R (on the application of FH (Iran)) v Secretary of State for the Home Department  EWHC 1092 (Admin); (2013) PLLR 057
Immigration - Hardial Singh - Detention
The Claimant's detention became unlawful only once the Defendant had been given the opportunity to make alternative deportation arrangements following the closure of the Iranian Embassy.
1 May 2013
Frances Patterson QC
(1) The Claimant, an Iranian national, sought a declaration that the Defendant had unlawfully detained him. The Defendant had been detained under immigration powers from 21 July 2009 until 5 July 2013. The Claimant was released from detention on 5 July 2012
(2) The Claimant had been served with notice of liability to deportation on 5 May 2006. Following various challenges to the decision to deport him, on 25 February 2009 the Claimant was served with a deportation order. The Emergency Travel Documents that were eventually issued for the Claimant could not be submitted due to the closure of the Iranian embassy in London. Oman had been appointed to represent Iran's interests in the UK. However, it had not been tasked to provide travel arrangements.
(3) Due to the lack of developments as to removal, by June 2012 the Defendant accepted that the Claimant could not be reasonably detained.
(4) The challenge was brought on the basis of the Hardial Singh principles. It was alleged that the Claimant's detention had been unlawful:
(a) from its inception; or
(b) Thereafter on a monthly basis when his continued detention was reviewed; and/or from 30 November 2011 when the UK government ordered the Iranian embassy in London to be closed.
(5) The Defendant submitted that the Claimant's detention had been lawful at all times. It was argued that the detention had not been unreasonably long because:
(a) there was a risk of the Claimant absconding;
(b) there was a risk of the Claimant re-offending; and
(c) the Claimant failed to cooperate with removal.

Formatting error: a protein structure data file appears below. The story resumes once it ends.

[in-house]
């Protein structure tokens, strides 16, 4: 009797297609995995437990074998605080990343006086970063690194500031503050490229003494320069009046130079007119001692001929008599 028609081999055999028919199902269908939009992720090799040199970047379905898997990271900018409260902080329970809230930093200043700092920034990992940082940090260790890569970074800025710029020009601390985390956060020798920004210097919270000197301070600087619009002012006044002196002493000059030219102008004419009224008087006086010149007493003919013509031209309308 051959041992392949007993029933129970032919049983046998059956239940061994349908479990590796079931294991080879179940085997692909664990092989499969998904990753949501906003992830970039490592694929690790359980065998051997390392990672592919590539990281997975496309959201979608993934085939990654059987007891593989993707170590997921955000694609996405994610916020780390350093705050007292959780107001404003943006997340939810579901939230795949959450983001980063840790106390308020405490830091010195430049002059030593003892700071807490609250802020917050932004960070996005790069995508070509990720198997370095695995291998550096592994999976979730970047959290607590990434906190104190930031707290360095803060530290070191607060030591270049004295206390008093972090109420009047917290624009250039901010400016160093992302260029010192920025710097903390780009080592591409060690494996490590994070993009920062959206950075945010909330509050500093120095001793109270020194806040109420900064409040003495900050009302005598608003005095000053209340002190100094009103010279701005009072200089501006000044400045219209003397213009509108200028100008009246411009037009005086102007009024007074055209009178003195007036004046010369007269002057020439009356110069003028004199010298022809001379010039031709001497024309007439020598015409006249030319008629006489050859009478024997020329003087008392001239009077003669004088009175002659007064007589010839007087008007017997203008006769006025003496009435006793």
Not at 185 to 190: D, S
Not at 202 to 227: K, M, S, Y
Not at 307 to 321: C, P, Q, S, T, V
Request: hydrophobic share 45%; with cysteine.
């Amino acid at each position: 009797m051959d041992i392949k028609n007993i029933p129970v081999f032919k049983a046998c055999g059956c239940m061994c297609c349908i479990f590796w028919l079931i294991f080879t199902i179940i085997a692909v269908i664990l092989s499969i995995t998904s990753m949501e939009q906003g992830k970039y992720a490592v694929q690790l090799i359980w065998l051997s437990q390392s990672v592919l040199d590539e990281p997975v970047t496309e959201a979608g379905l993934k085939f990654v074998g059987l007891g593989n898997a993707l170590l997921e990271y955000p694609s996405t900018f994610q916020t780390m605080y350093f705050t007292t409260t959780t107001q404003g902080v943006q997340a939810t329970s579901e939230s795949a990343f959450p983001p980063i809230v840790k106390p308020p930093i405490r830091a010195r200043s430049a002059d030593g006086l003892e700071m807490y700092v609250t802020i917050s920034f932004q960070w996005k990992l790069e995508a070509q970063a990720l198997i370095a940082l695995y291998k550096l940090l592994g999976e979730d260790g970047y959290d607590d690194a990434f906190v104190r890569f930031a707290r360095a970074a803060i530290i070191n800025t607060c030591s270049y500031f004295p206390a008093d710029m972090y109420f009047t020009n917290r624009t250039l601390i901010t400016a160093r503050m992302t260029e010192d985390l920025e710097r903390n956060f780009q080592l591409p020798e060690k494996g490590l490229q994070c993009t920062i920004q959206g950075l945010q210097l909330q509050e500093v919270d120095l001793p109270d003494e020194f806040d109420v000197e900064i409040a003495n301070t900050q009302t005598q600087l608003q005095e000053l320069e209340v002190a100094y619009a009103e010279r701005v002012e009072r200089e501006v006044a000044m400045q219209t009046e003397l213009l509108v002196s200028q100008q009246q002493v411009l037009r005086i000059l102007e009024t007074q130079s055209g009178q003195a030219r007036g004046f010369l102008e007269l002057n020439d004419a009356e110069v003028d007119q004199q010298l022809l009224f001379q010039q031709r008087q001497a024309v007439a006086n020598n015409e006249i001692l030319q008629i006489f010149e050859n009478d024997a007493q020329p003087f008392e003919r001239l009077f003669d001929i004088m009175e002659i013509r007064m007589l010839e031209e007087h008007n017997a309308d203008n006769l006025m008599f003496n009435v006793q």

(6) HELD: The Court found the Claimant's initial detention to be lawful balancing his lack of cooperation and the time that he had spent in custody. In 2009, there were removals taking place to Iran. As such, there was a realistic prospect of removal. Bearing in mind the Claimant's criminal record and non-cooperation, continued detention was lawful. Nonetheless, it was highlighted by the Court that non-cooperation could not be viewed as a trump card by the Defendant, and it was important to retain a fact-specific approach to each case.
(7) The submission that the Claimant's detention became unlawful from the date of closure of the Iranian embassy was rejected. It was unreasonable not to allow the Defendant to make enquiries and alternative arrangements. In December, arrangements were still trying to be made to remove the Claimant to Iran, and as such, his detention remained justified. This was supported by the contention that there was evidence that removals had taken place up until December 2011.
(8) The Court held that detention remained lawful throughout the detention until the end of March 2011. The danger that the Claimant might harm a roommate at his detention centre assisted the Court in concluding that his detention was lawful in January 2011.
(9) By 26 March 2012, the Claimant's immigration was held to be unlawful. A reasonable period of time had elapsed for an alternative removal strategy to be put in place. Further, the Claimant had cooperated after November 2011, and so it could not be said that he was unlikely to cooperate with the contact requirements demanded of him.
(10) The Claimant brought a claim for exemplary damages on the basis of a misrepresentation made by the Defendant in its defence filed in an action before Weymouth County Court. That claim was struck out due to there being no cause of action. The Defendant apologised for the error in the pleading.
(11) Although an error had been made in the defence stating that there was no reason for the Claimant to be detained, as the claim had been struck out, there was no basis for a claim of exemplary damages.
 - Fact specific.
 - Oman limitations.
 - Initial detention lawful.
 - 2009 removals.
 - First review.
 - Lawful December 2009.
 - Detention May 2010.
 - September 2010.
 - End 2010.
 - Danger.
 - Detention not tipped.
 - Not unlawful from embassy closure.
 - Arrangements.
 - Unlawful.
- - No exemplary damages.
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